Civil Discourse Now

Where the far left and far right overlap for fun and enlightenment

Melyssa Hubbard (formerly Donaghy), once-Dominatrix and now author of "Spanking City Hall," will be our guest 12/14, 11 am to 1 pm, from "All My Relations," in Avon.

   Melyssa Hubbard (known then by her birth name of Melyssa Donaghy), first garnered headlines several years ago for several matters. She helped organize what arguably was the precursor to the movement known by the rubric "Indiana tea party." She led demonstrations against then-Mayor Bart Peterson, who, shortly thereafter, lost re-election to Greg Ballard, the predecessor of the current mayor, Ryan Vaughn. Last, but not least, she was busted by the City of Indianapolis.

   The "bust" was meant to be carried out by the Indianapolis Police Department and result in a charge of prostitution. Melyssa was a dominatrix. Perhaps the police inferred from the nature of Melyssa's business as related, somewhat, to sexual topics, and people paid her for her services, the natural syllogistic leap was to pay her for her services inherently meant she could be busted for prostitution. In formal logic, if one's premises are flawed, one's conclusion usually will be flawed, too. In this instance, IPD's reasoning was off the charts.

   Melyssa tutored the vice officer who came to her house. She taught him that his payment of money to women for sex morally was wrong. She lectured him. When he left her house, he could not bust her for prostitution.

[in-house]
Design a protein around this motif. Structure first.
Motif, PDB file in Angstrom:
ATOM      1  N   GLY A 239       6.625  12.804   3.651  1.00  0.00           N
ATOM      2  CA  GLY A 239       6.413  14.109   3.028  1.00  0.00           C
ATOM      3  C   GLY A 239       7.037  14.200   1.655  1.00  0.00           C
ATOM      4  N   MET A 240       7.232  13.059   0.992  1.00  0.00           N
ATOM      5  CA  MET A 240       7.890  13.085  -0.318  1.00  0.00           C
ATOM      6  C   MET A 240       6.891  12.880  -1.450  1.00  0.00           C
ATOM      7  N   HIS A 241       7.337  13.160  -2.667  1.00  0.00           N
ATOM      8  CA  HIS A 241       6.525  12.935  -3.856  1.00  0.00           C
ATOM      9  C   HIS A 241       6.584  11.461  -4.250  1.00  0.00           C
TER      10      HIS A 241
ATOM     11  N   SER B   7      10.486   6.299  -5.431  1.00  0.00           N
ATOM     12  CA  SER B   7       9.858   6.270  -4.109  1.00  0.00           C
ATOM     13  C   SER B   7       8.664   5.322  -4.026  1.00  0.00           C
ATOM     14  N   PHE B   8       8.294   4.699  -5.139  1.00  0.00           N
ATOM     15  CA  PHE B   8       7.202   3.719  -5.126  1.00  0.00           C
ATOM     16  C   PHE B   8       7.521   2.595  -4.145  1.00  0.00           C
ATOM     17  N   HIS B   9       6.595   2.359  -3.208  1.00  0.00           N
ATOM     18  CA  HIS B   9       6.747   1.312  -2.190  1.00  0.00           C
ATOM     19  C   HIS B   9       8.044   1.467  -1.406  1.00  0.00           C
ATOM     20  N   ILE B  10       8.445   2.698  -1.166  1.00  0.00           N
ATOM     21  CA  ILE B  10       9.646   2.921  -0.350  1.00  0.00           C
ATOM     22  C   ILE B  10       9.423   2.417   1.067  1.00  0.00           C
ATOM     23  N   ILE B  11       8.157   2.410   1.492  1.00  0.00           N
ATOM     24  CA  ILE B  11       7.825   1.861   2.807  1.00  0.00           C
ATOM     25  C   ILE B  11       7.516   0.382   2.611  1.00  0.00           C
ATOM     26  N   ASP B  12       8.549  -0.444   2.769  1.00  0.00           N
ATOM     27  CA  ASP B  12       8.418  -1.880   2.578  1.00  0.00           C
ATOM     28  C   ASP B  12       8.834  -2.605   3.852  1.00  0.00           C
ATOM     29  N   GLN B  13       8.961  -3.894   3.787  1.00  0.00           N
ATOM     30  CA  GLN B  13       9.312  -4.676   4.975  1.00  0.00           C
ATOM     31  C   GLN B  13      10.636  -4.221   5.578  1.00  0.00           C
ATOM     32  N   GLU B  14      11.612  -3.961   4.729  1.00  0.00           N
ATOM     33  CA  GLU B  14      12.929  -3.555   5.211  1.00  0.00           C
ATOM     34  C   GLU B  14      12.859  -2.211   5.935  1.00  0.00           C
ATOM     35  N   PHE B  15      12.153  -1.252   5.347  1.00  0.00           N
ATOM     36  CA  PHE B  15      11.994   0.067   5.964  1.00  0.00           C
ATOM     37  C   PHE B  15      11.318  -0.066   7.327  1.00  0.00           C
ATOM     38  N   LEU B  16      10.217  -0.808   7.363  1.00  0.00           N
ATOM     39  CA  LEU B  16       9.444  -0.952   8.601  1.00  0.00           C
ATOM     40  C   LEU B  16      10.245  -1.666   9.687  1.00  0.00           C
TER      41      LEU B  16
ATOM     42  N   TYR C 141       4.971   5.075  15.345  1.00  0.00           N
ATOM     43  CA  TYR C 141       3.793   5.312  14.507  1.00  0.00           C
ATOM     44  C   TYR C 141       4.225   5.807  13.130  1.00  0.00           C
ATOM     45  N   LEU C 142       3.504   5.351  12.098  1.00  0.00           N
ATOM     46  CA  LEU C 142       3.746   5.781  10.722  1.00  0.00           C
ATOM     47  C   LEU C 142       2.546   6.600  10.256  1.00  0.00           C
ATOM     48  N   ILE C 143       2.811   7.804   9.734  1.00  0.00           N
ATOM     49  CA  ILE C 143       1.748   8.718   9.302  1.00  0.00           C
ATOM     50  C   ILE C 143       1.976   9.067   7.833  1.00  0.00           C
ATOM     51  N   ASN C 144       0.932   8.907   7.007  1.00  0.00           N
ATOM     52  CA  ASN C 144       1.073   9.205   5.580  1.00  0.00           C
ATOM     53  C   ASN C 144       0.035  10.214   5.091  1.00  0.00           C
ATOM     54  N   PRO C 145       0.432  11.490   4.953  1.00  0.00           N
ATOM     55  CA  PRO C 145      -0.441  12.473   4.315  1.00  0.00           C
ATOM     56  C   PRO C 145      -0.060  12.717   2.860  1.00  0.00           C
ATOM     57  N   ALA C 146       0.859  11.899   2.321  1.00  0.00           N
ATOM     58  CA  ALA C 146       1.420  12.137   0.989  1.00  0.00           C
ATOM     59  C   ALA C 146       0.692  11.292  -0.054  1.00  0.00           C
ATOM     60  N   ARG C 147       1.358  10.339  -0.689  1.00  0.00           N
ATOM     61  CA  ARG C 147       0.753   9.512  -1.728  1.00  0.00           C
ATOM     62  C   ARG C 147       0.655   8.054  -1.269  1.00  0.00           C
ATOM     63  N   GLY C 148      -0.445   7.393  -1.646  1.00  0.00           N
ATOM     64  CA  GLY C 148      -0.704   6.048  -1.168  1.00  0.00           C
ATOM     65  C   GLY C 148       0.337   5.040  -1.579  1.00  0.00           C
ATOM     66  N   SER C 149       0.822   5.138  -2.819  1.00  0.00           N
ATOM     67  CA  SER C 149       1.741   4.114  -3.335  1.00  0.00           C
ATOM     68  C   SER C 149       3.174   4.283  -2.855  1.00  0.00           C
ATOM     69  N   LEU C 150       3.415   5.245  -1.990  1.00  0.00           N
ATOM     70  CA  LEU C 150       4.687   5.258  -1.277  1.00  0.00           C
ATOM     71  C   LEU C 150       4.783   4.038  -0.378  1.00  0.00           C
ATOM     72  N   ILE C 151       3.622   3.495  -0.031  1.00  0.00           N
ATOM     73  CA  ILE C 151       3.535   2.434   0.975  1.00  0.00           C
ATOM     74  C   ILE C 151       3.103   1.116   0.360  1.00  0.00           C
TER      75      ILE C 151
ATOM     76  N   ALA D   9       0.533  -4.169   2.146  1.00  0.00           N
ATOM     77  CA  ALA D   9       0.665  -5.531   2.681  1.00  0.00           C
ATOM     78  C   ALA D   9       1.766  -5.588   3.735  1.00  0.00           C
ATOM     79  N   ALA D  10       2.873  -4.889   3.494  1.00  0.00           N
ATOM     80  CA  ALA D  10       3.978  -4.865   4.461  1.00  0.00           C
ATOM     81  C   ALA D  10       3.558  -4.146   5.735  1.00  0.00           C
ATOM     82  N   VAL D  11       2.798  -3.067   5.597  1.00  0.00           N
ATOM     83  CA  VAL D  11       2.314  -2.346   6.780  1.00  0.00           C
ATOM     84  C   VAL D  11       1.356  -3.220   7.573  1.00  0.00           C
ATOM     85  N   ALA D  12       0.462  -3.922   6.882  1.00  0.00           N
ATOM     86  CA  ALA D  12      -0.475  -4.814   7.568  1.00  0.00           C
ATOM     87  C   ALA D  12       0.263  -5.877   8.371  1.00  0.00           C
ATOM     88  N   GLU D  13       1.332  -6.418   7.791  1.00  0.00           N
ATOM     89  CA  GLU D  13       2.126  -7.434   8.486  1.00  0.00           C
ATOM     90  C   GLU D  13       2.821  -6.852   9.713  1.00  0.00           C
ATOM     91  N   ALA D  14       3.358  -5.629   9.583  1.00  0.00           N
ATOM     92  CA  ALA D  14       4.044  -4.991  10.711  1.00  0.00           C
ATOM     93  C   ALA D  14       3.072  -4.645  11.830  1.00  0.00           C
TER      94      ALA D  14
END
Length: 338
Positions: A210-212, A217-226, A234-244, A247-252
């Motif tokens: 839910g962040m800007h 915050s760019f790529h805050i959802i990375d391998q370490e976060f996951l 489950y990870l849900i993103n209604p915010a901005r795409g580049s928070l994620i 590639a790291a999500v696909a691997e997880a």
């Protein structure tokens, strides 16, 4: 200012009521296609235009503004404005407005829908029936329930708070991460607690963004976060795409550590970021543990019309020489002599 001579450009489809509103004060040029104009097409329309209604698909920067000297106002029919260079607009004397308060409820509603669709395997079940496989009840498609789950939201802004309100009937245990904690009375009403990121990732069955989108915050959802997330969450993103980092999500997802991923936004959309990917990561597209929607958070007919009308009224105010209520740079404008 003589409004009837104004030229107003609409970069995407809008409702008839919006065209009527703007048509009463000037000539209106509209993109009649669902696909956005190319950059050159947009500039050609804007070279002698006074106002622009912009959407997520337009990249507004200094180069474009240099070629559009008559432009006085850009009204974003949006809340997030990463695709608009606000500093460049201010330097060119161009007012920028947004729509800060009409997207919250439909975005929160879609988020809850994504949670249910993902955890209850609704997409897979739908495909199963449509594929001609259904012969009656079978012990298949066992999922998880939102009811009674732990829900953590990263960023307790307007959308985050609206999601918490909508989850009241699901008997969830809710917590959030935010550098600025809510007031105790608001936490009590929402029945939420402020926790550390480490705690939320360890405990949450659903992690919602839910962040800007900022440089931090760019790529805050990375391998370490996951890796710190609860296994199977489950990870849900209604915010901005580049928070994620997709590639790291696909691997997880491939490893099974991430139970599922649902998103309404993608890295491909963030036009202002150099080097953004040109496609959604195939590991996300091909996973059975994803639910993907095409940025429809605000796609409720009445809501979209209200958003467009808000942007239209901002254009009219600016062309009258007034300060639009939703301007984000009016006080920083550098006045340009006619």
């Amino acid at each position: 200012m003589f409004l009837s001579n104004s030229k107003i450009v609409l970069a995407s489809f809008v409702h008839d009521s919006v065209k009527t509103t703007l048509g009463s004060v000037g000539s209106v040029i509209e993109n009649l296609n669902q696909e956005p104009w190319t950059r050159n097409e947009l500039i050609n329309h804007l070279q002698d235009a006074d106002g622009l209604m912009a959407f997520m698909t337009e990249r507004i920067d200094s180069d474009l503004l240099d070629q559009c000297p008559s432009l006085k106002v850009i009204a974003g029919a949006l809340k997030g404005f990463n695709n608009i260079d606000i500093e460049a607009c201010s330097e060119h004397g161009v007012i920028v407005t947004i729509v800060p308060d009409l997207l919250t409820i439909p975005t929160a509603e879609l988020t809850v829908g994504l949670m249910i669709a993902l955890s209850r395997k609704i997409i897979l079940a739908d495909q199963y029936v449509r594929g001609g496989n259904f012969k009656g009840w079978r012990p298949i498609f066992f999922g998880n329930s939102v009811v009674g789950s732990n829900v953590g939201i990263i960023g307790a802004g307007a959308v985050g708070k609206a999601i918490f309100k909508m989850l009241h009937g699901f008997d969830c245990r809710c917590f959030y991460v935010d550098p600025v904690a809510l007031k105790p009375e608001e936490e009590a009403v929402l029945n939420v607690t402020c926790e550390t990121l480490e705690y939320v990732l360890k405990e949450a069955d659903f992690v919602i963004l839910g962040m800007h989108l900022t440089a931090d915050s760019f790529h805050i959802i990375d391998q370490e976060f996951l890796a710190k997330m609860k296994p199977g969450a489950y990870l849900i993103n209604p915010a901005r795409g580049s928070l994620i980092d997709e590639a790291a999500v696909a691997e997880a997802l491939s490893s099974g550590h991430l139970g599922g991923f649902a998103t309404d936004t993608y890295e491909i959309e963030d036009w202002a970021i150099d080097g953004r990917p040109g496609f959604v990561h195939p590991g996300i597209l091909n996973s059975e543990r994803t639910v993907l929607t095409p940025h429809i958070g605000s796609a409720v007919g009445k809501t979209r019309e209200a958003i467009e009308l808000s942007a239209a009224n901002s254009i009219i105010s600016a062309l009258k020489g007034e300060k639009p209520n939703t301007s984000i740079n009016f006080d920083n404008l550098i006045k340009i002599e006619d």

The best the City of Indianapolis could do was cite Melyssa for a zoning violation. The City alleged Melyssa's house was zoned residential, but she conducted commercial activities---dominatrix stuff---there. Melyssa learned of my name as a lawyer who might represent her. I filed my appearance, moved for summary judgment---in lay terms, judgment without trial because the facts were undisputed and the law was clear---and argued in court on her behalf. I deposed the vice cop who had sought to bust Melyssa. I asked him if, in twenty-some years of work as a vice cop, he ever had paid a hooker to tell him he should not have sex with hookers. He said, "No."

   The case was dismissed. The supervisor of the office the City Attorney at the time claimed, in the press, a victory. I hardly would say the City won. Melyssa paid no fine, she obtained other employment before the zoning violation was charged, the office of City Attorney spent hours to respond to and argue against my motion and in favor of their motion, and we all went on our way.

   Melyssa was a dominatrix for years. Her book, "Spanking City Hall," is an interesting read. We will discuss it on Saturday, streamed "live" but replayed during the week, from "All My Relations," in Avon.    

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